In Mississippi, where introductions are commonly followed by questions such as “Where are you from?” and “Who is your mother?,” it is easy to understand why genealogy is a common hobby. Genealogy is defined as the history of the descent of a person or family from a particular ancestor. It is an interdisciplinary pursuit, involving geography; local, state, and national history; sociology; political science; economics; and archaeology, among other areas. Compiling the history of a family usually requires the use of original contemporary records such as censuses (both state and federal), tax rolls, land grants and deeds, wills or estate records, church records, county histories, and vital records (birth, marriage, and death certificates). Newspaper articles and obituaries as well as personal journals and manuscripts often provide details about daily life. Maps of the area and cemetery transcriptions can help to pinpoint the family’s original home site. And photographs of the family or individual are a bonus if they have been preserved. Tracing a family’s history may require the skills of a detective, who must uncover clues to connect one generation to another, and of a puzzle solver, who can take one piece of information and fit it into the picture of a family.
When doing genealogy, some people concentrate on one family and compile family stories and documentation going back to an immigrant ancestor or even further. Others research only a few generations. And still others become so captivated by the search that they work on one family and then move on to another until they have documented grandparents and great-grandparents for ten generations or more.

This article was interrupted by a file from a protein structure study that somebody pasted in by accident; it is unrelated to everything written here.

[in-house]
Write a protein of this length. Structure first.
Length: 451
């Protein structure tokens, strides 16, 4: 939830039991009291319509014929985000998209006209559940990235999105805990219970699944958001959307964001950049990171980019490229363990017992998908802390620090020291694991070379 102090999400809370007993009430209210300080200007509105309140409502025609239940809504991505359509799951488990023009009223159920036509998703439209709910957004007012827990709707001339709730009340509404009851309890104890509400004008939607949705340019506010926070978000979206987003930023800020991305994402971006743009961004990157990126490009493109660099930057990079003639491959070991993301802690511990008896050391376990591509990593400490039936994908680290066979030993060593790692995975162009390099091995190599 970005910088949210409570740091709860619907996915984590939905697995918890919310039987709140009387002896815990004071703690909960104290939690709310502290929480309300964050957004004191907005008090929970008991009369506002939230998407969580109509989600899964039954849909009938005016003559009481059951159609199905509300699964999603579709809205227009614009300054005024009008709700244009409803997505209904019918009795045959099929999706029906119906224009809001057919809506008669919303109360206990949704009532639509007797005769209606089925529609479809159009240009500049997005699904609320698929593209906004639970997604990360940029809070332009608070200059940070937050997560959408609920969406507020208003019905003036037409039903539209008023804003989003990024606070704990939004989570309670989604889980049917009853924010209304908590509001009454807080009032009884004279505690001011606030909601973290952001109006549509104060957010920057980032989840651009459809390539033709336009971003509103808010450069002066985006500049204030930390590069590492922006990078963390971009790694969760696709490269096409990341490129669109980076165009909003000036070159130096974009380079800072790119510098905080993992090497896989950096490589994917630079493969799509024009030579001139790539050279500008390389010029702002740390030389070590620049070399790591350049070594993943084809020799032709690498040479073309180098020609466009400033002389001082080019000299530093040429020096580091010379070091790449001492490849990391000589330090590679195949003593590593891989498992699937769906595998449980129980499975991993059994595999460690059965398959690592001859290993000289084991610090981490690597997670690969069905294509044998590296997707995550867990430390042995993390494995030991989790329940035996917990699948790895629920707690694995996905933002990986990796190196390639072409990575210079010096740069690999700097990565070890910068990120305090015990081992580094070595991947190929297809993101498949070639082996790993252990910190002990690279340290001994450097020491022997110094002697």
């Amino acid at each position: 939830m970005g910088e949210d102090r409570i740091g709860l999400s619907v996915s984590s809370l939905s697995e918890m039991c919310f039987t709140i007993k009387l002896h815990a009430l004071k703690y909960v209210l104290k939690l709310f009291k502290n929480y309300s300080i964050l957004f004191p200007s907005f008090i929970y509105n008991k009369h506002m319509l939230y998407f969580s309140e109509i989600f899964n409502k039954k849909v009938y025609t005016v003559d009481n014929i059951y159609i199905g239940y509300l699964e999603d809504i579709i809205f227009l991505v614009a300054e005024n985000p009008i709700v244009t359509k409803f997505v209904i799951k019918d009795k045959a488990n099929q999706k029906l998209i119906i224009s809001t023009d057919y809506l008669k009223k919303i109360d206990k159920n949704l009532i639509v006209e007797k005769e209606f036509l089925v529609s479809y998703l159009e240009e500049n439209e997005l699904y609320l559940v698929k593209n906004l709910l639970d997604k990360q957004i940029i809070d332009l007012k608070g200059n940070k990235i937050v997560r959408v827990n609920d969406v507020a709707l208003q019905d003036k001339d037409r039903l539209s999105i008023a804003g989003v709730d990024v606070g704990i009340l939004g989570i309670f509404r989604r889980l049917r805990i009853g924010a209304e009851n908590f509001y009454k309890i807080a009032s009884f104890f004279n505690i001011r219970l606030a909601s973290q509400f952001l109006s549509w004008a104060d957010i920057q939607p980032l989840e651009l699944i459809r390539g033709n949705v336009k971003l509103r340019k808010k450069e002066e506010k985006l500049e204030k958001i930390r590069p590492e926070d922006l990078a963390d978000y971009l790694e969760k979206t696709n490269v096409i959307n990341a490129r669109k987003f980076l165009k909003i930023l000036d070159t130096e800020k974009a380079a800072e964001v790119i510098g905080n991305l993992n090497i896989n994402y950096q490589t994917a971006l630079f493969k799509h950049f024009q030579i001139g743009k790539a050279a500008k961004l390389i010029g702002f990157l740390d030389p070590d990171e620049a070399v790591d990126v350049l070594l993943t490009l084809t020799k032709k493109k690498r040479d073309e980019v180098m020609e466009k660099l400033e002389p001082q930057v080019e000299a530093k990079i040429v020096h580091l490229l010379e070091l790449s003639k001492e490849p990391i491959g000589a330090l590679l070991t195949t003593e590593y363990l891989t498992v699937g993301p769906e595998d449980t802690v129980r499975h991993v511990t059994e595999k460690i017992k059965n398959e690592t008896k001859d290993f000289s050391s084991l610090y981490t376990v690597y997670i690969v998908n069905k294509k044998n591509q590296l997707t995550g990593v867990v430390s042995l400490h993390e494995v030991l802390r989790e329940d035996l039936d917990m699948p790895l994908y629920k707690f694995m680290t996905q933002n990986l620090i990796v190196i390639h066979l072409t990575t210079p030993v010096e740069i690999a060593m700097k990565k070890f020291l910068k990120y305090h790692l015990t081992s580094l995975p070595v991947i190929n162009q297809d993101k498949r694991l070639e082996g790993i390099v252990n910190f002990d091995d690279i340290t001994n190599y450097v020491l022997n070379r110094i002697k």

While genealogy is the history of a family, a genealogist researches and prepares genealogies or family histories. Most genealogy in Mississippi is done by individuals researching their own families, and they may refer to themselves not as genealogists but as family historians or researchers. A few individuals become professionals and provide genealogical research services for others. One of Mississippi’s first professional genealogists was Richard Lackey of Forest, who developed a national reputation and has been inducted into the National Genealogical Society Hall of Fame. Other Mississippians have earned varying levels of accreditation from the Board for Certification of Genealogists . Most of the state’s libraries and archives provide lists of persons who have some expertise in local and/or statewide research and who will do research for individuals for a fee. Major genealogical research collections are held by the Mississippi Department of Archives and History, Cook Library at the University of Southern Mississippi, the Laurel-Jones County Library, the Pascagoula Library, and the Aberdeen Public Library. Most county and regional libraries collect local and family information on their area, and nearly all libraries offer online catalogs, enabling researchers to look for specific holdings without leaving their homes.
Genealogists benefit from sharing questions and research findings with others, often through genealogical organizations in the relevant geographic area. Mississippi has two statewide genealogical organizations. The Mississippi Genealogical Society bases membership on the recommendation of two current members, while the Family Research Association of Mississippi is open to anyone who wants to join. Most counties also have genealogical and/or historical societies that preserve and publish local history and help researchers looking for local contacts and information.
- Val D. Greenwood, The Researcher’s Guide to American Genealogy (1990)
- Anne S. Lipscomb and Kathleen S. Hutchison, Tracing Your Mississippi Ancestor (1994)